Many future electronic devices may be based not on standard conductors and semiconductors but rather on small organic (carbon-based) molecules and polymers. These organic electronics will have several advantages over conventional electronics, including being cheaper to fabricate, physically bendable and flexible, and, in some cases, can be created using printing methods – perhaps even in your own home.
Organic two-dimensional heterostructure of rubrene/h-BN
The field of organic electronics is still in its infancy, however, and scientists have much to learn before organic electronic devices are part of our everyday lives. One obstacle researchers have faced is how to successfully grow high-quality crystals of an organic molecule on top of a conventional substrate – without using a complex growth process or chemically modifying the substrate first. Solving this problem is the necessary first step to creating organic electronic circuits and devices.
Recently, a research group made some significant headway. Working in part at theNational Synchrotron Light Source (NSLS), scientists from Columbia University, Harvard University, Brookhaven Lab, and Japan’s National Institute for Materials Science grew a high-quality, high-performing film of rubrene, an organic semiconductor, onto a substrate of hexagonal boron nitride, a layered crystalline material with hexagonally shaped molecular units (similar to graphite carbon). Their work, which they discuss in the May 14, 2014, edition of the journal Advanced Materials, is notable both due to the high-quality crystalline nature of the film and because the substrate is a new player in the field of organic electronics development.
“The interface between the substrate and the molecular film is very important. It governs the initial nucleation during the growth of the film and also has a big impact on how the film will carry charge,” says Columbia researcher Phillip Kim, one of the paper’s authors. “Our film/substrate heterostructure yielded the highest mobility observed yet in similar systems. It is comparable to those of free-standing single crystals and represents a record for organic films grown on any substrates.”
When paired with organic materials, conventional substrates like silicon oxide, glass, and plastic are too disordered at the molecular level and also don’t have molecular structures that are similar enough to the organic compounds. In materials science terms, they lack an “epitaxial” relationship. This discourages proper film growth and results in lower-quality films that lack long-range order. In everyday terms, this is kind of like trying to build a layer of Lego bricks on Lego board that doesn’t have an ordered grid of nubs.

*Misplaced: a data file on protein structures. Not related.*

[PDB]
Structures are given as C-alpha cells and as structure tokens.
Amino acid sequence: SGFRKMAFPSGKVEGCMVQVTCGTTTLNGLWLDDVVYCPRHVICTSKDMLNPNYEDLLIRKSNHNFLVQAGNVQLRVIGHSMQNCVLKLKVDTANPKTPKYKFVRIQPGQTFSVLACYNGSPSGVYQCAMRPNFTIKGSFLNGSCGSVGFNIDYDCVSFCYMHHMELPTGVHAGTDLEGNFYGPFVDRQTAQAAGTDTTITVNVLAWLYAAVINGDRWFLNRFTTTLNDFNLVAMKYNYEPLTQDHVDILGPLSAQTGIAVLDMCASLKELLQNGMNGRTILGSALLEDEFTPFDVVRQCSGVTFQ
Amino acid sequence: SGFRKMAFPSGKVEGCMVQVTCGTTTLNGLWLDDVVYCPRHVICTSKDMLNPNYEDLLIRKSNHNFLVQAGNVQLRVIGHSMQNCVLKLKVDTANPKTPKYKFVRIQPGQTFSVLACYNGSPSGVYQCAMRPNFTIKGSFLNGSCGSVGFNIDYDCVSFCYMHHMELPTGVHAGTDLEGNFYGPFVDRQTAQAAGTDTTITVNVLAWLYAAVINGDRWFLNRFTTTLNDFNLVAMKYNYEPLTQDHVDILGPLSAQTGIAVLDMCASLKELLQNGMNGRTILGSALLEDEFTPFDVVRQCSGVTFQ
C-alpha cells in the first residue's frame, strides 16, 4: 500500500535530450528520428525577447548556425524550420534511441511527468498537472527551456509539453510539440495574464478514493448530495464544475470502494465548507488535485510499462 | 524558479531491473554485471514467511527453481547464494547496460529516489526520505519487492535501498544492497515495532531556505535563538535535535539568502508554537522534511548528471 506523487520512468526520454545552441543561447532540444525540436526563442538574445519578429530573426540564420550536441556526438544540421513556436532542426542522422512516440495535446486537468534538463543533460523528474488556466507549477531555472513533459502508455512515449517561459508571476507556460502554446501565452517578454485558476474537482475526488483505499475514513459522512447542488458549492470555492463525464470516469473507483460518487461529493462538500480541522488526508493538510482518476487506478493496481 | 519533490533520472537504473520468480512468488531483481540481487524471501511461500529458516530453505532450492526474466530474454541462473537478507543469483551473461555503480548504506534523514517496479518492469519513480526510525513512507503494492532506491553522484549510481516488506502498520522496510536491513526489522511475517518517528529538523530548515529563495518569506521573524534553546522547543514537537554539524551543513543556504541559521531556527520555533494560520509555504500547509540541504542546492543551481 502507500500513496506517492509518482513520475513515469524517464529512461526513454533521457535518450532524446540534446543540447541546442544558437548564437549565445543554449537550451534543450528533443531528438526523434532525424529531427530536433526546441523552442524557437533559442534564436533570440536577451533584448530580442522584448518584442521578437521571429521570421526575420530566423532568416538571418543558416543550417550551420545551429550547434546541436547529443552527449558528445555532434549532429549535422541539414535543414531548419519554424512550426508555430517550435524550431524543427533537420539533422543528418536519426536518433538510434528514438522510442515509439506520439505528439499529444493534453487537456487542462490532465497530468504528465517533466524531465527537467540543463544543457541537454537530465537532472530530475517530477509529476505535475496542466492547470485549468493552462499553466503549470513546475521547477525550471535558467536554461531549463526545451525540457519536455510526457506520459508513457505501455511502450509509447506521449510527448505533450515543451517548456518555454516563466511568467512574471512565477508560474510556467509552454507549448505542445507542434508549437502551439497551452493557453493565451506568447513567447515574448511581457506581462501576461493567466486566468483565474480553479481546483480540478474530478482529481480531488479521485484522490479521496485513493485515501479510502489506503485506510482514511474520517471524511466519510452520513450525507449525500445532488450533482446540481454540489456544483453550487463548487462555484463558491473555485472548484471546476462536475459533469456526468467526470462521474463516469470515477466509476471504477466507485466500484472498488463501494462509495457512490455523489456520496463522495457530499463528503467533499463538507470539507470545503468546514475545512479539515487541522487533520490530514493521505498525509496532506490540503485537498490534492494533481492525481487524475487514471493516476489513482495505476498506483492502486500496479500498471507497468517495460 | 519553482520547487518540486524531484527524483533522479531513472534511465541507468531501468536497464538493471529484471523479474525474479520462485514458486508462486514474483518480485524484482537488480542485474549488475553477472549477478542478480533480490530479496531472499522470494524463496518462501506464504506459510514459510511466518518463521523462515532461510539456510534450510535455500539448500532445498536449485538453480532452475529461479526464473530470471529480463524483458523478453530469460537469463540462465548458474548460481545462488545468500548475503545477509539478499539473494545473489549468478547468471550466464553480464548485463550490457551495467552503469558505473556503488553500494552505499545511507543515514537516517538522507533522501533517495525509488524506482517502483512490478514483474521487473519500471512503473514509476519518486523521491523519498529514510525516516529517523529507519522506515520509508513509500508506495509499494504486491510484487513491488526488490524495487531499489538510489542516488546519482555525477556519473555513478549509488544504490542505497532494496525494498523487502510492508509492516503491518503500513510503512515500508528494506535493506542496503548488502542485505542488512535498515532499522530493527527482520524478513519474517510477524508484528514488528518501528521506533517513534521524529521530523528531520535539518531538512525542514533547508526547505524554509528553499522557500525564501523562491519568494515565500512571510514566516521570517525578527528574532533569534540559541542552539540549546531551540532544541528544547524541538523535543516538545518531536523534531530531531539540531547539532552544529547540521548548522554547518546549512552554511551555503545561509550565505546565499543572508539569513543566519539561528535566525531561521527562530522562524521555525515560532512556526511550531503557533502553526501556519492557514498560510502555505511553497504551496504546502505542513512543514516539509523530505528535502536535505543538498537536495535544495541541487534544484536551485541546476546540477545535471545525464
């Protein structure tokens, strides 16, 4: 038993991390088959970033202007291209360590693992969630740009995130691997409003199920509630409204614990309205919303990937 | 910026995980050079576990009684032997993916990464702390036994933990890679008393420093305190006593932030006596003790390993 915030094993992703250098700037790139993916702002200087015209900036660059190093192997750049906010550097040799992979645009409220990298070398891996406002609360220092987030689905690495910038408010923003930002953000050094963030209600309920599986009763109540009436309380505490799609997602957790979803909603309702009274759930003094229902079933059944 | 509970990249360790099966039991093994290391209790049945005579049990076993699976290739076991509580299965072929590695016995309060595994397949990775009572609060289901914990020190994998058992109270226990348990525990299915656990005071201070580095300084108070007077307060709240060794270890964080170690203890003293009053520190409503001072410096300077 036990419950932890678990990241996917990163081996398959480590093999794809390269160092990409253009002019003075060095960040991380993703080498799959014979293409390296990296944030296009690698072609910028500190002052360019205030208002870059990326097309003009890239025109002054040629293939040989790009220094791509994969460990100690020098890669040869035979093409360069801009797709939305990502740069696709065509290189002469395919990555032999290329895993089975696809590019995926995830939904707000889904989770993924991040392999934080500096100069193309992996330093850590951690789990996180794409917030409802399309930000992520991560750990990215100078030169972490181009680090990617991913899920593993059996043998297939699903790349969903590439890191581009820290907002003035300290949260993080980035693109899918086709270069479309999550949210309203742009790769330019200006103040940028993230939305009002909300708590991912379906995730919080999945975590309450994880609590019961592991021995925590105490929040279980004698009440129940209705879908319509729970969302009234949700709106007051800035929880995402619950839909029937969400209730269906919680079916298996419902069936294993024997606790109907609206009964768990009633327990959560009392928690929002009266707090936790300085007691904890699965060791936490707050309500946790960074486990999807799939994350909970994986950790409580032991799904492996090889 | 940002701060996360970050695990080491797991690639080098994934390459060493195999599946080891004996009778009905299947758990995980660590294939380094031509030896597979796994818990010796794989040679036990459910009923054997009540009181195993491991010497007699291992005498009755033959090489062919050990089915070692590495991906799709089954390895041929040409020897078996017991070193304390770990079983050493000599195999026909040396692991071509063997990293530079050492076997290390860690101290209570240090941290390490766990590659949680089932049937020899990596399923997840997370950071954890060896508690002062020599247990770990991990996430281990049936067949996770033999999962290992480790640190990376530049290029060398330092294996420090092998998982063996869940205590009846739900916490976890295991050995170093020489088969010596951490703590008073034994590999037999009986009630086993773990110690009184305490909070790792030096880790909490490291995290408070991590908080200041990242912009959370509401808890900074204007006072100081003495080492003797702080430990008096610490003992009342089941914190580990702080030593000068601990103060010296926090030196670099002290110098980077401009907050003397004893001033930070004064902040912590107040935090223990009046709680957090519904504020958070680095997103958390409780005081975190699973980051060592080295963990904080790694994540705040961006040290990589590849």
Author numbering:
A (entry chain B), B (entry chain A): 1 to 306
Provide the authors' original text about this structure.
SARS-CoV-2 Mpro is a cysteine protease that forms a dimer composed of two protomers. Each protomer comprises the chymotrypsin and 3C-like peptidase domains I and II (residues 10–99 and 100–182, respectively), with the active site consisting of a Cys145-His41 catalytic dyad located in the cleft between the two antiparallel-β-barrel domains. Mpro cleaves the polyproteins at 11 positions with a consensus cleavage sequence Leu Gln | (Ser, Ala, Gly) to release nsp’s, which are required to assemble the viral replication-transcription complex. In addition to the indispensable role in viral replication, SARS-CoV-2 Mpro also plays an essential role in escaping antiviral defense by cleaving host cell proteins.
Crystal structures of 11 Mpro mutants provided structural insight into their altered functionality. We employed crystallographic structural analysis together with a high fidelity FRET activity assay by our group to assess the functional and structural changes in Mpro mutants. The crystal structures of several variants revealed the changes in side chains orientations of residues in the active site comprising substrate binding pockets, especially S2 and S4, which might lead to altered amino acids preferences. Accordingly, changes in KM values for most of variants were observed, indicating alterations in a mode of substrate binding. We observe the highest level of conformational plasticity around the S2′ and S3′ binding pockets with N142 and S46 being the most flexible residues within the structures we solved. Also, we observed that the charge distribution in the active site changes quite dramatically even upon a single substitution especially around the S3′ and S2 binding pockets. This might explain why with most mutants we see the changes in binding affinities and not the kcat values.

Kim and his colleagues showed that hexagonal boron nitride (h-BN) has many advantages as a substrate for organic electronics. Using an approach called “van der Waals epitaxy,” a method that takes advantage of the weak van der Waals force between molecules, the group grew rubrene films varying from 5 to 1000 nanometers thick. They studied each sample’s structure and charge-carrying ability using several methods.
Atomic force microscopy (AFM) and transmission electron microscopy (TEM) images suggested that the film was formed of large single-crystal domains. Selected area electron diffraction (SAED), which can be performed inside a transmission electron microscope, also confirmed this. But because SAED provides only local structural information, the group used grazing x-ray diffraction at NSLS beamline X9 to get a broader “view” of the structure. The x-ray data showed sharp, intense peaks, indicating that the sample contained a high-quality crystal structure.
To study how the film carries charge, graphene electrical contacts were incorporated into the growth process, resulting in a field-effect transistor structure. Measuring the current across it showed that electrons traveling within it are highly mobile, meaning they don’t run into too many barriers caused by a “choppy” molecular structure.
“Our study highlights the advantages of h-BN and similar materials over commonly used substrates to achieve high-performance organic electronic devices,” said Kim. “More generally, this approach to film growth – van der Waals epitaxy – could be used to fabricate organic/inorganic structures that can be readily expanded to numerous other organic and layered materials for various electronic applications.”